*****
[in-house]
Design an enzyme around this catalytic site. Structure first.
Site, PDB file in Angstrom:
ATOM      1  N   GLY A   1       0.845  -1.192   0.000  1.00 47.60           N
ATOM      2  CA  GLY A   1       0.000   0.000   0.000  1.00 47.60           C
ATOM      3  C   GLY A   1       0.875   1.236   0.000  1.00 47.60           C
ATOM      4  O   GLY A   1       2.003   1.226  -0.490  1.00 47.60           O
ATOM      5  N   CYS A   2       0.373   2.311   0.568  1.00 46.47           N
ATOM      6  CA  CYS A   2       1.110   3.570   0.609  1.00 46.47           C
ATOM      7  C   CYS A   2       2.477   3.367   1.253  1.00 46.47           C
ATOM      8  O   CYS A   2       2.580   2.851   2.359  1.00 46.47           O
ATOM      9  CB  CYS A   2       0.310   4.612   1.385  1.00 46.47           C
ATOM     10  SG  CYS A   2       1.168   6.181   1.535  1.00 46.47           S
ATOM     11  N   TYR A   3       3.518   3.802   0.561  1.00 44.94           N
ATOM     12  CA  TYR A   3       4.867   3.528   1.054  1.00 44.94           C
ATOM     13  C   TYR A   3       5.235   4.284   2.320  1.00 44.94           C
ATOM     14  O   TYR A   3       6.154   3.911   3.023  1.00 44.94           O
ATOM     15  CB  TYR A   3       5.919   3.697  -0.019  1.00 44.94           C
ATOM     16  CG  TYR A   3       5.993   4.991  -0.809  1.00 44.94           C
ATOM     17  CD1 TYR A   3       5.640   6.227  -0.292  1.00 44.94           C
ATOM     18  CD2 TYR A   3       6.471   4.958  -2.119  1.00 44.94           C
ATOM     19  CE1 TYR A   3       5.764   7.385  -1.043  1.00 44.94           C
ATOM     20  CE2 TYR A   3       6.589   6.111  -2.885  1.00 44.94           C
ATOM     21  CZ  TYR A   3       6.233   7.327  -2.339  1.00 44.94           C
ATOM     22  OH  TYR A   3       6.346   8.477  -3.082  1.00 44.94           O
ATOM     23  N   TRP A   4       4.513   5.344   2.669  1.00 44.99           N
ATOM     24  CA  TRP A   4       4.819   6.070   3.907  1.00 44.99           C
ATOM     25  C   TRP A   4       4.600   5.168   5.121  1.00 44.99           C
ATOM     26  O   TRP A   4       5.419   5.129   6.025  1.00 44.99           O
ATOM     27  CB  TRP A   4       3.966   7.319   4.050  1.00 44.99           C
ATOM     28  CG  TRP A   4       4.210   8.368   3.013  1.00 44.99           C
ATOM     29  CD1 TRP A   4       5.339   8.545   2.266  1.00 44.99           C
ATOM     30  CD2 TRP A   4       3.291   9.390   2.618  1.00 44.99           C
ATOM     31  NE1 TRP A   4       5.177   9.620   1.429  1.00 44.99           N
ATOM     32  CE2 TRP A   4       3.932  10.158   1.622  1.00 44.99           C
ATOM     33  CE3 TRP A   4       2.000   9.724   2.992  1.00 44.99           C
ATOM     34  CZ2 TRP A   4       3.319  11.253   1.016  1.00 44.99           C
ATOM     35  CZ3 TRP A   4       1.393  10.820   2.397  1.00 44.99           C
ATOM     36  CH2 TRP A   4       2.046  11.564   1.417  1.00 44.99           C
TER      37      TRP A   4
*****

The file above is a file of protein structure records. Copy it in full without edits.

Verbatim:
[in-house]
Design an enzyme around this catalytic site. Structure first.
Site, PDB file in Angstrom:
ATOM      1  N   GLY A   1       0.845  -1.192   0.000  1.00 47.60           N
ATOM      2  CA  GLY A   1       0.000   0.000   0.000  1.00 47.60           C
ATOM      3  C   GLY A   1       0.875   1.236   0.000  1.00 47.60           C
ATOM      4  O   GLY A   1       2.003   1.226  -0.490  1.00 47.60           O
ATOM      5  N   CYS A   2       0.373   2.311   0.568  1.00 46.47           N
ATOM      6  CA  CYS A   2       1.110   3.570   0.609  1.00 46.47           C
ATOM      7  C   CYS A   2       2.477   3.367   1.253  1.00 46.47           C
ATOM      8  O   CYS A   2       2.580   2.851   2.359  1.00 46.47           O
ATOM      9  CB  CYS A   2       0.310   4.612   1.385  1.00 46.47           C
ATOM     10  SG  CYS A   2       1.168   6.181   1.535  1.00 46.47           S
ATOM     11  N   TYR A   3       3.518   3.802   0.561  1.00 44.94           N
ATOM     12  CA  TYR A   3       4.867   3.528   1.054  1.00 44.94           C
ATOM     13  C   TYR A   3       5.235   4.284   2.320  1.00 44.94           C
ATOM     14  O   TYR A   3       6.154   3.911   3.023  1.00 44.94           O
ATOM     15  CB  TYR A   3       5.919   3.697  -0.019  1.00 44.94           C
ATOM     16  CG  TYR A   3       5.993   4.991  -0.809  1.00 44.94           C
ATOM     17  CD1 TYR A   3       5.640   6.227  -0.292  1.00 44.94           C
ATOM     18  CD2 TYR A   3       6.471   4.958  -2.119  1.00 44.94           C
ATOM     19  CE1 TYR A   3       5.764   7.385  -1.043  1.00 44.94           C
ATOM     20  CE2 TYR A   3       6.589   6.111  -2.885  1.00 44.94           C
ATOM     21  CZ  TYR A   3       6.233   7.327  -2.339  1.00 44.94           C
ATOM     22  OH  TYR A   3       6.346   8.477  -3.082  1.00 44.94           O
ATOM     23  N   TRP A   4       4.513   5.344   2.669  1.00 44.99           N
ATOM     24  CA  TRP A   4       4.819   6.070   3.907  1.00 44.99           C
ATOM     25  C   TRP A   4       4.600   5.168   5.121  1.00 44.99           C
ATOM     26  O   TRP A   4       5.419   5.129   6.025  1.00 44.99           O
ATOM     27  CB  TRP A   4       3.966   7.319   4.050  1.00 44.99           C
ATOM     28  CG  TRP A   4       4.210   8.368   3.013  1.00 44.99           C
ATOM     29  CD1 TRP A   4       5.339   8.545   2.266  1.00 44.99           C
ATOM     30  CD2 TRP A   4       3.291   9.390   2.618  1.00 44.99           C
ATOM     31  NE1 TRP A   4       5.177   9.620   1.429  1.00 44.99           N
ATOM     32  CE2 TRP A   4       3.932  10.158   1.622  1.00 44.99           C
ATOM     33  CE3 TRP A   4       2.000   9.724   2.992  1.00 44.99           C
ATOM     34  CZ2 TRP A   4       3.319  11.253   1.016  1.00 44.99           C
ATOM     35  CZ3 TRP A   4       1.393  10.820   2.397  1.00 44.99           C
ATOM     36  CH2 TRP A   4       2.046  11.564   1.417  1.00 44.99           C
TER      37      TRP A   4